perience that may not necessarily be represented in all responses to individual 
survey questions. For instance, a respondent may consider "remote control 
surfing" across television channels and spending a moment or two watching a 
televised symphony concert as "watching a classical music performance." The 
commitment of time and attention captured in this instance compromises the 
definition of "participation" in the arts via video media. An equally important 
consideration is whether this type of response may be systematically related to 
a particular subgroup of respondents. However, because one can reasonably 
assume that this weakness in the validity of the responses is random across the 
survey sample, there is no reason to question any of the findings related to the 
sociodemographics of survey respondents. Third, some of the terminology 
used in the survey to define arts education may be vague. For example, the 
phrase "lessons or classes in music — either voice training or playing an in- 
strument" — may inadvertently underestimate school-based experiences in 
classroom music taught by music specialists. This is particularly important for 
future surveys because since 1 962 visual art and general music classes have be- 
come the main vehicles for providing music and visual art education in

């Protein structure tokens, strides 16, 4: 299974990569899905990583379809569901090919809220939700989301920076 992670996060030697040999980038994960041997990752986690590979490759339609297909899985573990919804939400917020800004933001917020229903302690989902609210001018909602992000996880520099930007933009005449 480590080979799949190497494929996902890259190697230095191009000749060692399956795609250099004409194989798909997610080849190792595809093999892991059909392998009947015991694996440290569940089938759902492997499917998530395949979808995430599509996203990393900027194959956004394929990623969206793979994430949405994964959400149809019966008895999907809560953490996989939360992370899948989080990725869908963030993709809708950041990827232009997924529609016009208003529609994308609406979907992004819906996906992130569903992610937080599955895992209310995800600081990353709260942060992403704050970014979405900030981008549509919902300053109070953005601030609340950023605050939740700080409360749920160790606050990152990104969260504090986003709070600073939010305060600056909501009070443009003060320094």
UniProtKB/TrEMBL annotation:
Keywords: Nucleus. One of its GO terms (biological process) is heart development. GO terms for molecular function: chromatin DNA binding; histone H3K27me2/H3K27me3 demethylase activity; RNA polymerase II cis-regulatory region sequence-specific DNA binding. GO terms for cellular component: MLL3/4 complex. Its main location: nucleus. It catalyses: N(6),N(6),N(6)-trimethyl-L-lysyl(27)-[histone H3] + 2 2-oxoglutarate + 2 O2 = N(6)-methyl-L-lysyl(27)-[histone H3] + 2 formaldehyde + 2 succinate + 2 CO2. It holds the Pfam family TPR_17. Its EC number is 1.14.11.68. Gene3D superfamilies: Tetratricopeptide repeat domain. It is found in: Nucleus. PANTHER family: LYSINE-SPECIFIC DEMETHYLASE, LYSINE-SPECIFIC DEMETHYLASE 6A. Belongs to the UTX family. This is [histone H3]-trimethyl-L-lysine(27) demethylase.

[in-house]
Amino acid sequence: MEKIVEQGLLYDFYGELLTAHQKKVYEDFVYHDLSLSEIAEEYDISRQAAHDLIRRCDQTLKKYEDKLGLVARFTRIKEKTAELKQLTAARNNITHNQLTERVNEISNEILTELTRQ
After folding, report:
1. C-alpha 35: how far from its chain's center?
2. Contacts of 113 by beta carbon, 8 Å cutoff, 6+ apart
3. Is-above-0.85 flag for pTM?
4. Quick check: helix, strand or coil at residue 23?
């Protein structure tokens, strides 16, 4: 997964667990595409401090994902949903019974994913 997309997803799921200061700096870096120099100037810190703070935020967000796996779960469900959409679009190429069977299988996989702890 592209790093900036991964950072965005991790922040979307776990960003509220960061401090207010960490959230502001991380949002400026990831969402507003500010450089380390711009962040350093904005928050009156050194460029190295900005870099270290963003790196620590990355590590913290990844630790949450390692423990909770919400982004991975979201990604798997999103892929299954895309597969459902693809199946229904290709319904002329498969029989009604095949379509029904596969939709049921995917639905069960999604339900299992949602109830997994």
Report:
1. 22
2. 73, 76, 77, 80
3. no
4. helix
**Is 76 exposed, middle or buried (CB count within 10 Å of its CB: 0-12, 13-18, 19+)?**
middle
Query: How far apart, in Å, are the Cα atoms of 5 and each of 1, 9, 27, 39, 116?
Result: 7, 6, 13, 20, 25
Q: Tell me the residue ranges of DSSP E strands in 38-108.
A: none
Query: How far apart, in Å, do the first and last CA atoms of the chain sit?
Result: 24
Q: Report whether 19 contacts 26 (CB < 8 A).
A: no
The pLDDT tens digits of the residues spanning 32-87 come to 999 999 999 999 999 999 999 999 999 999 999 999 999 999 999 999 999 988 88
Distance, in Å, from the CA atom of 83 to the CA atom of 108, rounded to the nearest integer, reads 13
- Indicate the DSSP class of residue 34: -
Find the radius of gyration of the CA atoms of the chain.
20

schools (Leonhard, 1991). 



Conclusions 

Within the limitations of this report, the following conclusions are offered 
about the impact of arts education on arts participation in the United States: 

1 . Arts education is the strongest predictor of all types of arts participation, 
except arts performance. The more arts education a person has, the more 
extensive one's participation in the arts. Arts education also weakens the 



restrictive relationship between socioeconomic status and arts participa- 
tion, thereby facilitating participation in the arts to a broader cross section 
of Americans. 

2. Arts education has at least twice the power of years of education in pre- 
dicting arts participation (again with the exception of arts performance). 
Arts participation is not only a matter of more education, but is an issue 
of having an arts focus to that education. However, for all relevant types 
of arts participation, the independent effects of one tvpe of education de- 
pends on the amount of the other and varies by type of arts participation. 
Specifically: 

• Overall education has a stronger effect on arts attendance and audio—